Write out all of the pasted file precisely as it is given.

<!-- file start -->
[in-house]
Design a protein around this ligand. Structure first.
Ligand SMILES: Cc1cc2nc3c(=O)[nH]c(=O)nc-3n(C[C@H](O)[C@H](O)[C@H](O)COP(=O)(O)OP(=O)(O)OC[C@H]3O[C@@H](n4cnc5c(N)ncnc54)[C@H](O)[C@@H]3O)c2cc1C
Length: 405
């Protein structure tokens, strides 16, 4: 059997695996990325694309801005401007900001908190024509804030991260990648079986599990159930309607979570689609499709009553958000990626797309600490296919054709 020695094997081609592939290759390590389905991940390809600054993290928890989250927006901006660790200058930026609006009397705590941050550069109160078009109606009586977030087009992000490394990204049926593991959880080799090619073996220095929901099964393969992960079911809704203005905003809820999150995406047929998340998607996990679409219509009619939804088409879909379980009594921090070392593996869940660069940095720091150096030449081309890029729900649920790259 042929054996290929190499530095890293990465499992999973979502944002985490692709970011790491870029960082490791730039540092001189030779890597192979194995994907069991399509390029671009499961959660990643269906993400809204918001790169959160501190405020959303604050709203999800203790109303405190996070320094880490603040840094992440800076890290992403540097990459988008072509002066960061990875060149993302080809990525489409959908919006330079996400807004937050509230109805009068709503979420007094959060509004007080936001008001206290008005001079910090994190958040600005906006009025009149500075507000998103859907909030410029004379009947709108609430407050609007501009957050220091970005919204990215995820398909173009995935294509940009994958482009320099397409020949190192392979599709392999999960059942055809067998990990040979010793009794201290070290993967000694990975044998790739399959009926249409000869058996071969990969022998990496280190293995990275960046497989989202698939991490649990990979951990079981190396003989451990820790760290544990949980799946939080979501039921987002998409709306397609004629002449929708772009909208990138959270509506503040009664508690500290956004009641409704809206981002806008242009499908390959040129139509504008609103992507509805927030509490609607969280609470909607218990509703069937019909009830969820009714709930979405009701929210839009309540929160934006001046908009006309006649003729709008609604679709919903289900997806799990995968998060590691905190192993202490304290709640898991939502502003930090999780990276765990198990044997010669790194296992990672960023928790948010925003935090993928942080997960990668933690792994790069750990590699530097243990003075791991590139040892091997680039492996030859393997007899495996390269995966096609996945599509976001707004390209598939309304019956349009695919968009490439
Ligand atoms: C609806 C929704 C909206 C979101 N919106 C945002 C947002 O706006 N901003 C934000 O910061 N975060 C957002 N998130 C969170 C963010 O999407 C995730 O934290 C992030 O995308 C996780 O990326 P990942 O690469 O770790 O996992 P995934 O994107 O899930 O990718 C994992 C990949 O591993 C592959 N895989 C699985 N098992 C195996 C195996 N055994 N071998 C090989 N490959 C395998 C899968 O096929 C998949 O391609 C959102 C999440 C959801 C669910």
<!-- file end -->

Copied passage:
[in-house]
Design a protein around this ligand. Structure first.
Ligand SMILES: Cc1cc2nc3c(=O)[nH]c(=O)nc-3n(C[C@H](O)[C@H](O)[C@H](O)COP(=O)(O)OP(=O)(O)OC[C@H]3O[C@@H](n4cnc5c(N)ncnc54)[C@H](O)[C@@H]3O)c2cc1C
Length: 405
């Protein structure tokens, strides 16, 4: 059997695996990325694309801005401007900001908190024509804030991260990648079986599990159930309607979570689609499709009553958000990626797309600490296919054709 020695094997081609592939290759390590389905991940390809600054993290928890989250927006901006660790200058930026609006009397705590941050550069109160078009109606009586977030087009992000490394990204049926593991959880080799090619073996220095929901099964393969992960079911809704203005905003809820999150995406047929998340998607996990679409219509009619939804088409879909379980009594921090070392593996869940660069940095720091150096030449081309890029729900649920790259 042929054996290929190499530095890293990465499992999973979502944002985490692709970011790491870029960082490791730039540092001189030779890597192979194995994907069991399509390029671009499961959660990643269906993400809204918001790169959160501190405020959303604050709203999800203790109303405190996070320094880490603040840094992440800076890290992403540097990459988008072509002066960061990875060149993302080809990525489409959908919006330079996400807004937050509230109805009068709503979420007094959060509004007080936001008001206290008005001079910090994190958040600005906006009025009149500075507000998103859907909030410029004379009947709108609430407050609007501009957050220091970005919204990215995820398909173009995935294509940009994958482009320099397409020949190192392979599709392999999960059942055809067998990990040979010793009794201290070290993967000694990975044998790739399959009926249409000869058996071969990969022998990496280190293995990275960046497989989202698939991490649990990979951990079981190396003989451990820790760290544990949980799946939080979501039921987002998409709306397609004629002449929708772009909208990138959270509506503040009664508690500290956004009641409704809206981002806008242009499908390959040129139509504008609103992507509805927030509490609607969280609470909607218990509703069937019909009830969820009714709930979405009701929210839009309540929160934006001046908009006309006649003729709008609604679709919903289900997806799990995968998060590691905190192993202490304290709640898991939502502003930090999780990276765990198990044997010669790194296992990672960023928790948010925003935090993928942080997960990668933690792994790069750990590699530097243990003075791991590139040892091997680039492996030859393997007899495996390269995966096609996945599509976001707004390209598939309304019956349009695919968009490439
Ligand atoms: C609806 C929704 C909206 C979101 N919106 C945002 C947002 O706006 N901003 C934000 O910061 N975060 C957002 N998130 C969170 C963010 O999407 C995730 O934290 C992030 O995308 C996780 O990326 P990942 O690469 O770790 O996992 P995934 O994107 O899930 O990718 C994992 C990949 O591993 C592959 N895989 C699985 N098992 C195996 C195996 N055994 N071998 C090989 N490959 C395998 C899968 O096929 C998949 O391609 C959102 C999440 C959801 C669910």